Angus & Dundee: About 6.5 miles east of Forfar, on minor roads north of A932, just west of hamlet of Guthrie, south-east of Guthrie Hill, at Guthrie Castle.
Private NO 563505 OS: 54 DD8 2TP
OPEN: Accommodation available. Events, weddings and corporate use.
Tel: 01241 828691 Web: www.guthriecastle.com
Standing in 150 acres of mature woodland, Guthrie Castle consists of an altered and picturesque 15th-century tower of three storeys and a garret, square in plan, to which has been added a
19th-century mansion of 1818, which was extended in 1848 by David Bryce. The tower has a small projecting stair-wing crowned by a caphouse, and a restored crenellated parapet with open rounds.
The original entrance is in the middle of one side and opens into a lobby, which leads to the vaulted basement and to a straight stair, in the thickness of the walling, to the first-floor hall. The upper floors were reached by the turnpike stair in the wing. There are some fine wall paintings. The yett survives, although it now at the entrance to a garden, and there is a walled garden and an old sundial [NO 562505], which dates from the 17th century.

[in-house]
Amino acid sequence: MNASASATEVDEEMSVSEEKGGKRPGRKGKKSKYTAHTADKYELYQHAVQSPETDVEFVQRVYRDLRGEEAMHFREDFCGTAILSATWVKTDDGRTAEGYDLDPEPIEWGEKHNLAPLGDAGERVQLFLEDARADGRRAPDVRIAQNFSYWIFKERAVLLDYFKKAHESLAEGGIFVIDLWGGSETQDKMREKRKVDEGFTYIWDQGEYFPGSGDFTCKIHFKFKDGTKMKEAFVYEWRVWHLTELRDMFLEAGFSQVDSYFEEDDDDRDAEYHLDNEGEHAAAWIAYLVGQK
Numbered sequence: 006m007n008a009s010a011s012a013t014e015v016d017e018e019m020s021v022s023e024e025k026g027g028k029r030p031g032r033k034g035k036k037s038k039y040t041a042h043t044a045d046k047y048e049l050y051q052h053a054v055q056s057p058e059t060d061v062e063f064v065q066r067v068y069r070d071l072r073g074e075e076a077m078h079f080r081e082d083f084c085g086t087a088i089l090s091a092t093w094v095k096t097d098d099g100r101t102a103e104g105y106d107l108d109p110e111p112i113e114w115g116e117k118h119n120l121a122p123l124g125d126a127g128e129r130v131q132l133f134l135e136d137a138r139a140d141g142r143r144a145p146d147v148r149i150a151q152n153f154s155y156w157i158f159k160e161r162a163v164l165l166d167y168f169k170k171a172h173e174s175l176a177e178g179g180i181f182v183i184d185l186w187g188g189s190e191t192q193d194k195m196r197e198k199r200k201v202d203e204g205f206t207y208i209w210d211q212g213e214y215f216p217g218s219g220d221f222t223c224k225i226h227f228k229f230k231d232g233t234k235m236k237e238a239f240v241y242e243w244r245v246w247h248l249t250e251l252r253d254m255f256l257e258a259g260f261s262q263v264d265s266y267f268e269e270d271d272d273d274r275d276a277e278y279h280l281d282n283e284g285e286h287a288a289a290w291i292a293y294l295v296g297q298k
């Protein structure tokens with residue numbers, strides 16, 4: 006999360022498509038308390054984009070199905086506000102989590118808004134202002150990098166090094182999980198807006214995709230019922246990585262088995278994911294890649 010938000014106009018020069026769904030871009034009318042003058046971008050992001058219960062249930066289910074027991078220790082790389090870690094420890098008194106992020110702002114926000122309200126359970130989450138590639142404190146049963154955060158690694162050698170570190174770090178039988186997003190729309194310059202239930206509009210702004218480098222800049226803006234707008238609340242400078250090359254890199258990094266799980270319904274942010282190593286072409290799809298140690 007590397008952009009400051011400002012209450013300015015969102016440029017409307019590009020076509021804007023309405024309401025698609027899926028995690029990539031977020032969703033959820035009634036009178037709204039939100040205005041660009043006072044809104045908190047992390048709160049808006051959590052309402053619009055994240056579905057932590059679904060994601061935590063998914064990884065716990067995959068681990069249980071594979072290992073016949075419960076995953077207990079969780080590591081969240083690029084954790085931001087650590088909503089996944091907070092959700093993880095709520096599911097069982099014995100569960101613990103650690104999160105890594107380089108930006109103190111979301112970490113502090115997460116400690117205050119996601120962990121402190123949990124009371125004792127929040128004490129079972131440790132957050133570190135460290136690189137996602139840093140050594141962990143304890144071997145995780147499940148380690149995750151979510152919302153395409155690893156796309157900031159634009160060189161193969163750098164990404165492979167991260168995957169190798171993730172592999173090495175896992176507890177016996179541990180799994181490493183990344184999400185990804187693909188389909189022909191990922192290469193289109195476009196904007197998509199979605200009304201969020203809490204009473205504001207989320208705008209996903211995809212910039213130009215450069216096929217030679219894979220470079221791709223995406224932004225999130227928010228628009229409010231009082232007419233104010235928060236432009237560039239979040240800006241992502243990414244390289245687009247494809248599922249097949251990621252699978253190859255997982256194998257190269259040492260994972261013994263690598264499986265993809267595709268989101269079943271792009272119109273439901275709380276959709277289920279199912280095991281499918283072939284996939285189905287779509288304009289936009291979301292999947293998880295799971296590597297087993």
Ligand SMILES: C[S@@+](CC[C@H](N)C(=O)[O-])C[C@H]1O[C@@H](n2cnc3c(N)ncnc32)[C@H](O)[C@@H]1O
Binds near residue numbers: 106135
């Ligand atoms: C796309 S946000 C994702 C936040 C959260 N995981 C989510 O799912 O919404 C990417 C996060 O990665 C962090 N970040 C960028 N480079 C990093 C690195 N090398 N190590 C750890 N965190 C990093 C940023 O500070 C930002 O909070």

‘Guthree’ is marked on Pont’s map of Perthshire and Angus, and is depicted as a large tower of four storeys in a courtyard, with outbuildings or towers.
The original tower was built by the Guthries of Kincaldrum around 1470. Sir David Guthrie, 1st laird, had been Armour Bearer to James II and was Lord High Treasurer of Scotland and Lord Chief Justice. Sir Alexander Guthrie was killed at the Battle of Flodden in 1513.
A Guthrie married a Gardyne in 1558 and their son, quarrelling with his relatives, was stabbed to death by his Gardyne cousin, so starting a long feud. Patrick Gardyne was slain in 1578 by William Guthrie, but 10 years later the Gardynes succeeded in murdering a Guthrie laird. Two years after this the Guthries fell upon the Gardyne family, and murdered their chief and others. Both families were forfeited by James VI, losing their lands, but while the Guthries recovered theirs, the Gardynes never did.
The castle was remodelled by David Bryce in 1848, and the estate was held by the family until the 1980s. The Guthries now live in Australia.
There is a burial aisle [NO 567504] at Guthrie, known as the Guthrie Aisle, added to a church dating from the late 15th century. The rest of the church was demolished in 1826 and replaced by the present building. The Guthrie Aisle was decorated with wall paintings depicting the Judgement on one side and Passion scenes on the other. The boards are on display in the National Museum of Scotland.
The castle is said to have a very kind ghost, the spirit of one of the Guthrie ladies or one of their servants, dressed in black and with a large bunch of keys. The benign bogle is believed to be concerned for the welfare of guests.
22 Edinburgh Road
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